As I worked I began to suspect that my own guru had left a door open for me to bring his vision to full fruition. I felt that he was looking over my shoulder with a critical eye, and I should be as careful with my own thoughts as I had been with editing his books. And then, toward the end of Nitya’s massive, three volume commentary on the Brihadaranyaka Upanishad, I ran across this:

 

In India, tradition allows a disciple to complement the writings of his guru by supplementing the guru’s writing with what the guru should have said but did not say. Secondly, the disciple has the permission of tradition to rephrase the argument of his guru if the latter’s words do not properly serve to establish and arrive at the conclusion intended by the guru. (440)

 

What a relief, a tacit blessing! It allowed me to relax, to stop writing my commentary like a thief in the night. Certainly Nitya’s words always led luminously to his conclusions, but I definitely did feel I was recording what he meant to say but hadn’t gotten around to.

         Combined with the following blessing from a letter Nitya sent me in the summer of 1971, my doubts were swept away:

All these months you were so far and yet were very close to my silent thoughts and prayers. Your growth and unfoldment are of great importance to me for more than one reason. The flowers that bloom and wither away in the hidden bushes of obscurity secretly proclaim the inherent potential of this good earth to conceive and generate beauty and goodness. How much more would you be a promise as a man and not a flower, in human society and not in the bush, in the wake of a new age and not in obscurity? How much I wish your youthful blood will pulse with my inarticulate prayers, and my spiritual visions find a home in your thoughts.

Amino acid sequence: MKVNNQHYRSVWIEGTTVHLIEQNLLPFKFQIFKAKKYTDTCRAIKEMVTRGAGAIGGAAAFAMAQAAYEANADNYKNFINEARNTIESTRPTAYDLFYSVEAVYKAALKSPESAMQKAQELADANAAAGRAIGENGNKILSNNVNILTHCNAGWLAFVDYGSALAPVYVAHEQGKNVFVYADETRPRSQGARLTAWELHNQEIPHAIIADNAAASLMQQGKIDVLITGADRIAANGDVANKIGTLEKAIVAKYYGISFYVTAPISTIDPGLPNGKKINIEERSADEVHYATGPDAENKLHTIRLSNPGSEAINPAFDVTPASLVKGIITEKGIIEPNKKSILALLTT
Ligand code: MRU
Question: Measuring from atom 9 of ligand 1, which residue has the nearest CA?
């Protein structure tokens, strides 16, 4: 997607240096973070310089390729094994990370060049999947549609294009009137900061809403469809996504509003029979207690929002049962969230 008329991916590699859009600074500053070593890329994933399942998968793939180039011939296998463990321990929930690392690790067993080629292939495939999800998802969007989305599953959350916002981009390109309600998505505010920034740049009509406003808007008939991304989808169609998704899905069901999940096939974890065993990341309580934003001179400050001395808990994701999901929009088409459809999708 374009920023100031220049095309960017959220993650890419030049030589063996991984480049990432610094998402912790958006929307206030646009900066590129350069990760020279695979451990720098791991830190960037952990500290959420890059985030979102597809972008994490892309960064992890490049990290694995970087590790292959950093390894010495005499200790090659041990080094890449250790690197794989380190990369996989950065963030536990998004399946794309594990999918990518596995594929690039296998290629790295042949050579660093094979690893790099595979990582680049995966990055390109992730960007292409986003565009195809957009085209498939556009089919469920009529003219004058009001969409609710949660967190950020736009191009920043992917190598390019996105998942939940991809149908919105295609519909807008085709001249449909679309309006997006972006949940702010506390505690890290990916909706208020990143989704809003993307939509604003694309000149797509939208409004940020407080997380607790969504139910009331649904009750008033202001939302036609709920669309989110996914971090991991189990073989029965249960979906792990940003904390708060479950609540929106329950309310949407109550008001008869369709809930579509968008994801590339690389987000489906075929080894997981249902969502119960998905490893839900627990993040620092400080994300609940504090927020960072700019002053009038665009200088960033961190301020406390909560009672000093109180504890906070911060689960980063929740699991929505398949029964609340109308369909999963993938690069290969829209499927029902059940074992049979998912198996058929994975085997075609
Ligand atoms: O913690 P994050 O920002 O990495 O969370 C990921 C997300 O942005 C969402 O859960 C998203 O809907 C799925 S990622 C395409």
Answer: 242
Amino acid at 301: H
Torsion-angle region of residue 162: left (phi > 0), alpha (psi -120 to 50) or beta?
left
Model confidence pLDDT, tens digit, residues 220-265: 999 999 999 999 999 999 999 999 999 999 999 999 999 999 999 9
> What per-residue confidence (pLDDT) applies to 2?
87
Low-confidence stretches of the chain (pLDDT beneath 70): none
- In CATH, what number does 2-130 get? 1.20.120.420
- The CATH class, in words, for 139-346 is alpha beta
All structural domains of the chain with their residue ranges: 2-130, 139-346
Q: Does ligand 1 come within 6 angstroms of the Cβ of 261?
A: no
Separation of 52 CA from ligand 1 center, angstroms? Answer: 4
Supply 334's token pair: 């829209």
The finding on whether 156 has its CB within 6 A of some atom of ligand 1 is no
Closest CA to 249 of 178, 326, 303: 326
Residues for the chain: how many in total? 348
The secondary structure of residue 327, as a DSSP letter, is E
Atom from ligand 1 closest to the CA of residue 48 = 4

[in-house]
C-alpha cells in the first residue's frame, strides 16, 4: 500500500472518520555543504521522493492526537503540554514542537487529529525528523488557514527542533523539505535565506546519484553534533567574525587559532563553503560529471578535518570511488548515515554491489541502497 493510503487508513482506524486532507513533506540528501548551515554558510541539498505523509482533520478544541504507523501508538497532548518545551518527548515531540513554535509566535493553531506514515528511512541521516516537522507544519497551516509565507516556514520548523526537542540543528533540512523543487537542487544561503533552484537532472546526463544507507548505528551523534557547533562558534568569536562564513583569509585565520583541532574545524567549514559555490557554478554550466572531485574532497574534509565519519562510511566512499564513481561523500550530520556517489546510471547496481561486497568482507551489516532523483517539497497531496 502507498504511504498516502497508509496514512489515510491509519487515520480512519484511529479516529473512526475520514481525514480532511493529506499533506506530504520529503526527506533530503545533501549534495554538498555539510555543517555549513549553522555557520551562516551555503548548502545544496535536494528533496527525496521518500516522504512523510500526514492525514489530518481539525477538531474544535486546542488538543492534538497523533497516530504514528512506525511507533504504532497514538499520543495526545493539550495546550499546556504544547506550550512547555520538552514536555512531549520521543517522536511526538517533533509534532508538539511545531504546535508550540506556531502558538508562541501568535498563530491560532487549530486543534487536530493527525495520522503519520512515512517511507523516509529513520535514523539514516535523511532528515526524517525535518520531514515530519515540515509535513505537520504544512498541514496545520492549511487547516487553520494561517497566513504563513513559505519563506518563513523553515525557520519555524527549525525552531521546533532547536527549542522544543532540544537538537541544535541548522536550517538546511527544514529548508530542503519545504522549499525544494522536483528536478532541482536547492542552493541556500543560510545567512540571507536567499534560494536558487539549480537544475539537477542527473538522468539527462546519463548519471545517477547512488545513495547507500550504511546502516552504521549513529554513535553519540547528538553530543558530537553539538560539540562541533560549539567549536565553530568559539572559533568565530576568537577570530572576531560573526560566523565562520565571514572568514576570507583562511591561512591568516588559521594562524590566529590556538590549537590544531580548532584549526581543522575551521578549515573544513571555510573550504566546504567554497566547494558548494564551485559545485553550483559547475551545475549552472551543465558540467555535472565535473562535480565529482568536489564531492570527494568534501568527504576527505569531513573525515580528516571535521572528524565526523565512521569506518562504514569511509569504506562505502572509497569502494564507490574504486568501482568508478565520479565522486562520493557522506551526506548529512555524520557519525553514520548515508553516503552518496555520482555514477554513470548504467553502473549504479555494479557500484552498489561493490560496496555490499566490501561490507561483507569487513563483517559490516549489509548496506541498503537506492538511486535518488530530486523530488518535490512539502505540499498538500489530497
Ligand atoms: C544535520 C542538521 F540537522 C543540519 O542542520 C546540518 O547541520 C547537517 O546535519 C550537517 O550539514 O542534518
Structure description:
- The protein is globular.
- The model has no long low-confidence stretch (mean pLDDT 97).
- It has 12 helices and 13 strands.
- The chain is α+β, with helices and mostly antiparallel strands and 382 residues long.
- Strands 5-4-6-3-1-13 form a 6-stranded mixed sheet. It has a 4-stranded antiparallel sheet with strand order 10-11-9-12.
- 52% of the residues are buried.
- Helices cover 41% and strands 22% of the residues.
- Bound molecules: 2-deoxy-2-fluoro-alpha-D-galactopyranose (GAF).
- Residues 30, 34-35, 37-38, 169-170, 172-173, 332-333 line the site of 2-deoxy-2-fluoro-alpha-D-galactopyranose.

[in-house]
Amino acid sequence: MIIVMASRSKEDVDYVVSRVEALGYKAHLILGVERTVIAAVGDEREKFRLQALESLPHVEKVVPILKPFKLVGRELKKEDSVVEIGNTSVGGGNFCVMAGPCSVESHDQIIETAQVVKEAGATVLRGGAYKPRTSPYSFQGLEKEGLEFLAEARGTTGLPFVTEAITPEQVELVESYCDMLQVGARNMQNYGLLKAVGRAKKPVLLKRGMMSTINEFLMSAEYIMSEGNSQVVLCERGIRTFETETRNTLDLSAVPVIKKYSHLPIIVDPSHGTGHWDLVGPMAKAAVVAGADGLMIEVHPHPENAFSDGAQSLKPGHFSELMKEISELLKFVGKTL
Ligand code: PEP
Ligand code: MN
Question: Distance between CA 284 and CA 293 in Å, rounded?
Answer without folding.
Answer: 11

With a mind brimming with decades of studies around the Gita’s subject, as I went along teaching the classes I began to realize the incredible richness of each verse. So many subtleties of discipleship were implied throughout, more or less hidden in plain sight. To squeeze one chapter into a single evening became nearly impossible. I began to keep notes, and before long I typed up the verses themselves and began to organize the most interesting ideas that would come up into their proper location. I worked randomly for several years, waiting for inspiration, and then later I began at the front and worked more systematically, filling in the blanks and refining the expression.

         Soon I started a website so that others could partake of my Gita commentary if they happened to stumble upon it. I don’t have any illusions about it ever being published, but it definitely has some value. If nothing else, most commentators only touch on the highlights and breeze past ideas that seem obvious. The problem is, they aren’t obvious. I think the reader will find that some of the most interesting things in my commentary have to do with the deeper implications of the “obvious” parts.

         I was happy to note too that it was the first writing of my life that really satisfied my critical nature. It was pretty good! And, reading through Nitya’s books, it was especially gratifying to see that what I have written is very much in agreement with his philosophy. Sure, my version is more modern and American, but the gist of it is what he would have written if he had had the time. It’s a lot like his classes. And so a hippie from Portland, Oregon has acted like a midwife to bring to birth a soaring vision that restores the Gita’s stature as a philosophical classic, free of clinging vines of religious falderal. It stands as it should, as a textbook of freedom, an invitation to discard mental bondage and step into the light.

Scott Teitsworth

rsteitsworth(at)yahoo.com